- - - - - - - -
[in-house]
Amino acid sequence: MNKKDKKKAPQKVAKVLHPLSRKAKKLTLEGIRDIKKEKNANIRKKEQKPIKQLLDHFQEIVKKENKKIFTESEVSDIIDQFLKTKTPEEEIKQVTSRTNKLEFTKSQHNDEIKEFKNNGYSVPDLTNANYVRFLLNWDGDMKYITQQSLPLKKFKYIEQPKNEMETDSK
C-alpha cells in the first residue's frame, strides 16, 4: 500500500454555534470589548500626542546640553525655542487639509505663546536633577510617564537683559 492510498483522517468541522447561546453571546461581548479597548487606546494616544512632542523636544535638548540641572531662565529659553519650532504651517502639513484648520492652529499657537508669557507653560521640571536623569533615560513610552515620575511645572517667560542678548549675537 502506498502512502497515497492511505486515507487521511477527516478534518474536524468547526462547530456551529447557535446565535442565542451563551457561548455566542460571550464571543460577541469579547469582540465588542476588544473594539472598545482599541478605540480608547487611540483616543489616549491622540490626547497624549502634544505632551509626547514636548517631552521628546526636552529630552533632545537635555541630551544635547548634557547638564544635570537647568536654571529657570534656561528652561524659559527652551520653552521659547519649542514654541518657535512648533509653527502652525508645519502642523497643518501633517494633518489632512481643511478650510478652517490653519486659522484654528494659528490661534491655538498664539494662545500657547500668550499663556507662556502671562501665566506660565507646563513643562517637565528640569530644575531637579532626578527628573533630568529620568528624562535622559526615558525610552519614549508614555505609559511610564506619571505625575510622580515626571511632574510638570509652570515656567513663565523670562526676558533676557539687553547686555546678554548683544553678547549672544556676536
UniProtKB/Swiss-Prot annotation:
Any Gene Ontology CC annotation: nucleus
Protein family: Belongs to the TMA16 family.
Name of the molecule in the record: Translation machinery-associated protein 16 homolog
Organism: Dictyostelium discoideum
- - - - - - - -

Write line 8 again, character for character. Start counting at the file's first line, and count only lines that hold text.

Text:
Organism: Dictyostelium discoideum